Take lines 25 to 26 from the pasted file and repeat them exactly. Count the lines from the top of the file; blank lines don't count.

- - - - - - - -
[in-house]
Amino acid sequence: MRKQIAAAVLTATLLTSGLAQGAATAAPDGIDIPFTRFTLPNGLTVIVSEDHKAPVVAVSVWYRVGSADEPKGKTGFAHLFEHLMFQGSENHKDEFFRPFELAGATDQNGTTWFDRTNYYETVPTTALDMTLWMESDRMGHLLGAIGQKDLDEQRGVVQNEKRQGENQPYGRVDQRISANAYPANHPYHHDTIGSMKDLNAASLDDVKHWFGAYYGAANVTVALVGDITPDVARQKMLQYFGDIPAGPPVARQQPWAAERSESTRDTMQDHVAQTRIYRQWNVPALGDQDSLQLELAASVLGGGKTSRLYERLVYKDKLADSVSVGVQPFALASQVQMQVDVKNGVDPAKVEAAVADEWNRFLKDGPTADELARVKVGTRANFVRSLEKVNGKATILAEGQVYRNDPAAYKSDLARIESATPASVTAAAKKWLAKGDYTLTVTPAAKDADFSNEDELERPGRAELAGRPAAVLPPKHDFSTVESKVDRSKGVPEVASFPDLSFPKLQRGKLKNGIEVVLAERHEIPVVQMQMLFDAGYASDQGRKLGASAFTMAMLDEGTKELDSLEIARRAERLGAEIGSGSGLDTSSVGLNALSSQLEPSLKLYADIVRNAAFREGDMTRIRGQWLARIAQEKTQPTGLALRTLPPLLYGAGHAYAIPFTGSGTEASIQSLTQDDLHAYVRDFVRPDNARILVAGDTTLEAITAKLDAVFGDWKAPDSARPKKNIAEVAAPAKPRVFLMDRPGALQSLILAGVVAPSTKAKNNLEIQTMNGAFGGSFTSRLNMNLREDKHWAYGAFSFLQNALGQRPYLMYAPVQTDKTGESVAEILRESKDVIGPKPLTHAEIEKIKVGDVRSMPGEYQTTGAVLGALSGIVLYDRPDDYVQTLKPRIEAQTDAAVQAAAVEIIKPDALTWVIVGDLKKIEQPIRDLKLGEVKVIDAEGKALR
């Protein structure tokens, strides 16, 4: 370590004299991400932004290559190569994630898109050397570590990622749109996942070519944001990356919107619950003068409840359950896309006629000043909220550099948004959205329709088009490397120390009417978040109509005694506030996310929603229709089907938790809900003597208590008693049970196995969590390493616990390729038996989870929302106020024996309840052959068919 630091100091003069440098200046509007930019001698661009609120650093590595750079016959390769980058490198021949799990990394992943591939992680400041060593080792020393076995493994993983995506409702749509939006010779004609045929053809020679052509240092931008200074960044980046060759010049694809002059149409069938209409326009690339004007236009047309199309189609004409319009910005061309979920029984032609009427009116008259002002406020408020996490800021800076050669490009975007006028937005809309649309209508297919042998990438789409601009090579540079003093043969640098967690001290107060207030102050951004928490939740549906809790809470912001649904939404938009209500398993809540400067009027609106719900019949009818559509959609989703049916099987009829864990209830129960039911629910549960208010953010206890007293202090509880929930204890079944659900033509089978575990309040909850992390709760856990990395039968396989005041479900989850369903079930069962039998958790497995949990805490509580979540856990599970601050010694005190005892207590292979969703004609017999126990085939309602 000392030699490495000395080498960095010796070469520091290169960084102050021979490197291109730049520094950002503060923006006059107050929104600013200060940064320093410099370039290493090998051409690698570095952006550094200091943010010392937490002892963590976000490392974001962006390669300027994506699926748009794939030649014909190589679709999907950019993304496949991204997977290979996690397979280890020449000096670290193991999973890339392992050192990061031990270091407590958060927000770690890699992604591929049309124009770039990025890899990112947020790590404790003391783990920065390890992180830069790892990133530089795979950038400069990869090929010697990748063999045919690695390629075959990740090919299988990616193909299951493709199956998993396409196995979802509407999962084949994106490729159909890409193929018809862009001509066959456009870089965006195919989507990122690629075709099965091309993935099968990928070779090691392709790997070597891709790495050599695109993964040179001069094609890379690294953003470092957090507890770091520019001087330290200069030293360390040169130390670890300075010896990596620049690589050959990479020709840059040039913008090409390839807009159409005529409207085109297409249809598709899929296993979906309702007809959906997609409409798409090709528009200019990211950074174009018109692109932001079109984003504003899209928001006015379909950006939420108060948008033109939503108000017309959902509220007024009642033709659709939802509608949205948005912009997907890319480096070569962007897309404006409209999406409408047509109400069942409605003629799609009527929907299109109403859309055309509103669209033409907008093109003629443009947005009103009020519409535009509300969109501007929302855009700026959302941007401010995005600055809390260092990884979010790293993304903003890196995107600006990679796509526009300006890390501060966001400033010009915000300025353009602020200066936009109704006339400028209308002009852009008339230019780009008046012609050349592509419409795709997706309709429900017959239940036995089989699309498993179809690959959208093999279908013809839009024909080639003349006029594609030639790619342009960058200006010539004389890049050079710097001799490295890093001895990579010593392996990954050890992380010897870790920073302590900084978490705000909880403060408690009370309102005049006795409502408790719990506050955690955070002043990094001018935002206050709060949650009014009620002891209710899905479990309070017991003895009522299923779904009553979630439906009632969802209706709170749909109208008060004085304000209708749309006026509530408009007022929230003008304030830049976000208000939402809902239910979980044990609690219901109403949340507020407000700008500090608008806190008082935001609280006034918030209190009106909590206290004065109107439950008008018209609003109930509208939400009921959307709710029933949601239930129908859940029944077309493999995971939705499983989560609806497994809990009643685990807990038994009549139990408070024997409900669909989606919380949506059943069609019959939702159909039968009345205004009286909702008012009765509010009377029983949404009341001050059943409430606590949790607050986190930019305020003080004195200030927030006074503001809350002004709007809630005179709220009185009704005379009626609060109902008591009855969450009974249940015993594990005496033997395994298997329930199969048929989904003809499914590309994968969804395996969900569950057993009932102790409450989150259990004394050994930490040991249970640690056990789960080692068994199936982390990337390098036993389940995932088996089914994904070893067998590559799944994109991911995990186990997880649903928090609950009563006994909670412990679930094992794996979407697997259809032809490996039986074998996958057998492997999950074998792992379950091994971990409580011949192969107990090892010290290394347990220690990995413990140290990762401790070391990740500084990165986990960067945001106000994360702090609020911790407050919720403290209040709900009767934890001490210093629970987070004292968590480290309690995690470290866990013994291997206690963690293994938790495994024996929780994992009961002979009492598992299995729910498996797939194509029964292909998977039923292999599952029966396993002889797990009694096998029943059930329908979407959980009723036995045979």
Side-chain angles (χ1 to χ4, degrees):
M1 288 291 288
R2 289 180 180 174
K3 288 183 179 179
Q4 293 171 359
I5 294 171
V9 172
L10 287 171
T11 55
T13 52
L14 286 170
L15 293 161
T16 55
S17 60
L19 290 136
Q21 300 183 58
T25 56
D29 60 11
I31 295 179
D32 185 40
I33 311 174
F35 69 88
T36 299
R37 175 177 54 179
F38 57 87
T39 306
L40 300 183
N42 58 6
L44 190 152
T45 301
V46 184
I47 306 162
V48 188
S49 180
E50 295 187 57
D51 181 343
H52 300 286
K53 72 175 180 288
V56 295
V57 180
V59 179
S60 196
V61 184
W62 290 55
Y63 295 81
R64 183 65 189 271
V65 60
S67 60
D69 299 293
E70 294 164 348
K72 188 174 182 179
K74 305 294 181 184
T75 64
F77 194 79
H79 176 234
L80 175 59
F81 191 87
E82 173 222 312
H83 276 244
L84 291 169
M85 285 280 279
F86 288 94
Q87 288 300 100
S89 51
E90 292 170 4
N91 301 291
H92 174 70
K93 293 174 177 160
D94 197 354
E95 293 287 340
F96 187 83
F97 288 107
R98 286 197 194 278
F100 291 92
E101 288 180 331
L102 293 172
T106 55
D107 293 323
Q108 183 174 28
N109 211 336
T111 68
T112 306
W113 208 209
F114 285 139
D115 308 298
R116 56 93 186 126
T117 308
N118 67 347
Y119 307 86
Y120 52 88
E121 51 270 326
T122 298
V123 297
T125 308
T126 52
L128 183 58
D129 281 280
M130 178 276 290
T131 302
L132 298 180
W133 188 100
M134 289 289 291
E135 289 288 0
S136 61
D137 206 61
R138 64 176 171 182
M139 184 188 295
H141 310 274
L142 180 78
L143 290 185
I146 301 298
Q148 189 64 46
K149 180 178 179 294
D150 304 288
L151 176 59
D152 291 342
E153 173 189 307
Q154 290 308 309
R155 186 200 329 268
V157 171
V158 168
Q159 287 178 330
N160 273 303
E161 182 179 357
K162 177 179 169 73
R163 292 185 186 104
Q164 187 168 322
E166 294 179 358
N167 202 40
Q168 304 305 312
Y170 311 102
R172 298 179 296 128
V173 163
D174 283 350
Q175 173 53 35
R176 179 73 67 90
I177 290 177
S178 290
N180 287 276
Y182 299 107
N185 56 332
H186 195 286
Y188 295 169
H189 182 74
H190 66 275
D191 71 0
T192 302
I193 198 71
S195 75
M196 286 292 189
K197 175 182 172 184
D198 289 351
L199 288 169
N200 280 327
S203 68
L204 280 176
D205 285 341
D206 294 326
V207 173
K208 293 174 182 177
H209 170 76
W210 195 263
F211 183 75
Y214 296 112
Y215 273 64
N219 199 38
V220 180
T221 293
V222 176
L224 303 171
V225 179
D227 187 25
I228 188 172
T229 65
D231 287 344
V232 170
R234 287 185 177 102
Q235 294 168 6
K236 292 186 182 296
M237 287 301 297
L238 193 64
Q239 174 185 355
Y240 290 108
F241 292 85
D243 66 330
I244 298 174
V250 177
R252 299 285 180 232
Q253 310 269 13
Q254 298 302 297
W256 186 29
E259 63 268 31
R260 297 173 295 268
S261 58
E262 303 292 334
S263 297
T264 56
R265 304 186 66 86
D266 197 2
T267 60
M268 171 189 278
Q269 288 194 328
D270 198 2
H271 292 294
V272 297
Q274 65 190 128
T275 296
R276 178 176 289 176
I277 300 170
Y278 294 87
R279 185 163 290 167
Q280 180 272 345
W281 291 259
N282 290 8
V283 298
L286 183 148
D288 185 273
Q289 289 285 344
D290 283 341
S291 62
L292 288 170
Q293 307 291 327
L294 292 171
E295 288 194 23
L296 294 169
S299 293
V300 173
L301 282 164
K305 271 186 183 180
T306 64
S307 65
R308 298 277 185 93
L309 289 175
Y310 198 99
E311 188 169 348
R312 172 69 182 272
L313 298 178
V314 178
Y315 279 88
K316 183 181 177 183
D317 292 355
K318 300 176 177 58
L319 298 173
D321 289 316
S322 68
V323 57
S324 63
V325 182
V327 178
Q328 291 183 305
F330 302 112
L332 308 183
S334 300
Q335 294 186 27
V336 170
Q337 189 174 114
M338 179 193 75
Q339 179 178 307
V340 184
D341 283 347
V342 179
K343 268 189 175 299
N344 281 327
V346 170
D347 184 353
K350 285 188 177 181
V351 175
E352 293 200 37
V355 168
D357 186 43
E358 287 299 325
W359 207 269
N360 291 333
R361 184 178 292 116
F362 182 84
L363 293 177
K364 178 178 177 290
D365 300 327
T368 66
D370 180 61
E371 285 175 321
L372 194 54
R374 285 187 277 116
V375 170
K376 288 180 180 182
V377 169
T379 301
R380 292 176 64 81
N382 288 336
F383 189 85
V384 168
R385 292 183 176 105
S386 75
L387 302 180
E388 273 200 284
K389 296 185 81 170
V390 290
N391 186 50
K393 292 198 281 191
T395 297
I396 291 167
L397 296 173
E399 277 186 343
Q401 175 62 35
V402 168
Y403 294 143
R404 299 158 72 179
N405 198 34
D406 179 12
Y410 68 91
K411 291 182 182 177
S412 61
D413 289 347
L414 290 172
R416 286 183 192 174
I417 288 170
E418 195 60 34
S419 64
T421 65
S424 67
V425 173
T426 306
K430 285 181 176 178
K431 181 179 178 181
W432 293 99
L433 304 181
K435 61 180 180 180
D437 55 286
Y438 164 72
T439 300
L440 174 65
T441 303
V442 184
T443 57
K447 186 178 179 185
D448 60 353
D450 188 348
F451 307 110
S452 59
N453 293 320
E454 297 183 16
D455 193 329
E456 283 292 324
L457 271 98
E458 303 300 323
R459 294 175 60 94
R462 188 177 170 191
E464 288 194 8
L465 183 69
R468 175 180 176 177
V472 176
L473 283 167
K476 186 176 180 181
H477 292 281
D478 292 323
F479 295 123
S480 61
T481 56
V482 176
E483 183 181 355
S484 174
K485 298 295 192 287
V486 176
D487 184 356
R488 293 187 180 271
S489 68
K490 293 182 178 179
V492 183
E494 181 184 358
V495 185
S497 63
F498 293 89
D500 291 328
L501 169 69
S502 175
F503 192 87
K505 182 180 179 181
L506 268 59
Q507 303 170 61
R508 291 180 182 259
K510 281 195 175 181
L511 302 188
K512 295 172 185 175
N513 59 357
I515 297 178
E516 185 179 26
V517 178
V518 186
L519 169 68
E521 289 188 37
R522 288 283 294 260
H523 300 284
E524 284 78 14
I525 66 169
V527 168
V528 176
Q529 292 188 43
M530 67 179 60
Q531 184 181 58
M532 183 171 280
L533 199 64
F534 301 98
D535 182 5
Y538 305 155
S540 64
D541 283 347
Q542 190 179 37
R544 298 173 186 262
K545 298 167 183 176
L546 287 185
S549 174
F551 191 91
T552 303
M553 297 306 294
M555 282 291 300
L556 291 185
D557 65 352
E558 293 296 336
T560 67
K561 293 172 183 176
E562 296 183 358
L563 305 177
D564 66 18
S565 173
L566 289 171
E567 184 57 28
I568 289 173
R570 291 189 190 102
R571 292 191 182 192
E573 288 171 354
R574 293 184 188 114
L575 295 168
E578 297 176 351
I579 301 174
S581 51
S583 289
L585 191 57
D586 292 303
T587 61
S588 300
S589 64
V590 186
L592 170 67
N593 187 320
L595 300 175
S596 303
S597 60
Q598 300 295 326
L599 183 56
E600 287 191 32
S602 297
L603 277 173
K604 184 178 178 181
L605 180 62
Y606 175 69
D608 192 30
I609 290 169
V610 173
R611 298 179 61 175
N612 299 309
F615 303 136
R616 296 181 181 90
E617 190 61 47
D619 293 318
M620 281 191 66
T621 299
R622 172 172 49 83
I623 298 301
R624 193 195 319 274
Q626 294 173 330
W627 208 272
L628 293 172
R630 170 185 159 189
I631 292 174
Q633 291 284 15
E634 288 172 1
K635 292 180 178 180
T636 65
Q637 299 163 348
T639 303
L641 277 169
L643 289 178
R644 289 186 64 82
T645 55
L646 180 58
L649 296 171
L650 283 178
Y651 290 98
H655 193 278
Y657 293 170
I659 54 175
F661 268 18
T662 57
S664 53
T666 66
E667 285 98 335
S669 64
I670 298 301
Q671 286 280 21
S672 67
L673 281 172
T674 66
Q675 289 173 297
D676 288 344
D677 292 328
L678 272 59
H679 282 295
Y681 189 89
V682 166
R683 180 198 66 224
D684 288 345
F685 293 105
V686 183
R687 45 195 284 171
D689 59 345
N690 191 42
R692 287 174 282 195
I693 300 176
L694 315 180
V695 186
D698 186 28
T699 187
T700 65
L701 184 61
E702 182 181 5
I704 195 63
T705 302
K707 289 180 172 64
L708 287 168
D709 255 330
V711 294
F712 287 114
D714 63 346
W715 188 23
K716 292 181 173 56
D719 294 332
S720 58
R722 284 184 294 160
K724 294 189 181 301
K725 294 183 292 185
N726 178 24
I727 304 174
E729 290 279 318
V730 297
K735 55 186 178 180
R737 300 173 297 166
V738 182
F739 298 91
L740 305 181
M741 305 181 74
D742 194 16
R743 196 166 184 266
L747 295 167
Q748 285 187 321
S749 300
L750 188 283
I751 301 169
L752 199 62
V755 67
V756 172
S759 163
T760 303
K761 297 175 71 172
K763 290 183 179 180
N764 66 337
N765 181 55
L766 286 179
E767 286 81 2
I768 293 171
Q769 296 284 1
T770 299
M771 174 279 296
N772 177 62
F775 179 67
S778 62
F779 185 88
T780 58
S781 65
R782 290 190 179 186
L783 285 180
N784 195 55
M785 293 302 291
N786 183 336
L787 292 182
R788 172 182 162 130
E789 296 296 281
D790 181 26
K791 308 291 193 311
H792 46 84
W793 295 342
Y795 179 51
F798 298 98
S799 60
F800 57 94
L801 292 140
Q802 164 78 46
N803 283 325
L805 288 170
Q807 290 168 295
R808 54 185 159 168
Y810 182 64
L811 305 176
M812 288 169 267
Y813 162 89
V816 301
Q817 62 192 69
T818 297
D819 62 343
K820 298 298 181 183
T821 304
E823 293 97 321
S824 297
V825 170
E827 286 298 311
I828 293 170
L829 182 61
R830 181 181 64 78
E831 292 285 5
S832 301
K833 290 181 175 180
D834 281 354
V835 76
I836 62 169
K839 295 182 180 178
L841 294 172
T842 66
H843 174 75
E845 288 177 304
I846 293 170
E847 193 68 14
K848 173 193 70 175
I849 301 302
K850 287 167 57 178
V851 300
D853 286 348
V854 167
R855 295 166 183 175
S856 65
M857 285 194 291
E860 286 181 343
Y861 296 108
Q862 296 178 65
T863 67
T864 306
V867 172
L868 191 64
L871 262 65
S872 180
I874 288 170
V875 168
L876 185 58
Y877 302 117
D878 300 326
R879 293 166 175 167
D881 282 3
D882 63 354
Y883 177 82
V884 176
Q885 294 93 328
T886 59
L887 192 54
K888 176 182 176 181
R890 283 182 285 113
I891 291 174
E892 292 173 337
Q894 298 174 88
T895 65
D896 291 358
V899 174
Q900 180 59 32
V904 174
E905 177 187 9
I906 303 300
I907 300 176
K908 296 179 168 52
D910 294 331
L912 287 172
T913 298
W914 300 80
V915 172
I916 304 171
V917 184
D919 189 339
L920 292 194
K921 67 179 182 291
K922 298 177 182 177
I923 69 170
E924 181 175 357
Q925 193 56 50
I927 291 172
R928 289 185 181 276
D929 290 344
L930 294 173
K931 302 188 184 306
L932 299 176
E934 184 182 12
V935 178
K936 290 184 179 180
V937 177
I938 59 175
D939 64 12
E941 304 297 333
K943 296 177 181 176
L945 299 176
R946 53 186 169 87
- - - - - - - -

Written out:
F35 69 88
T36 299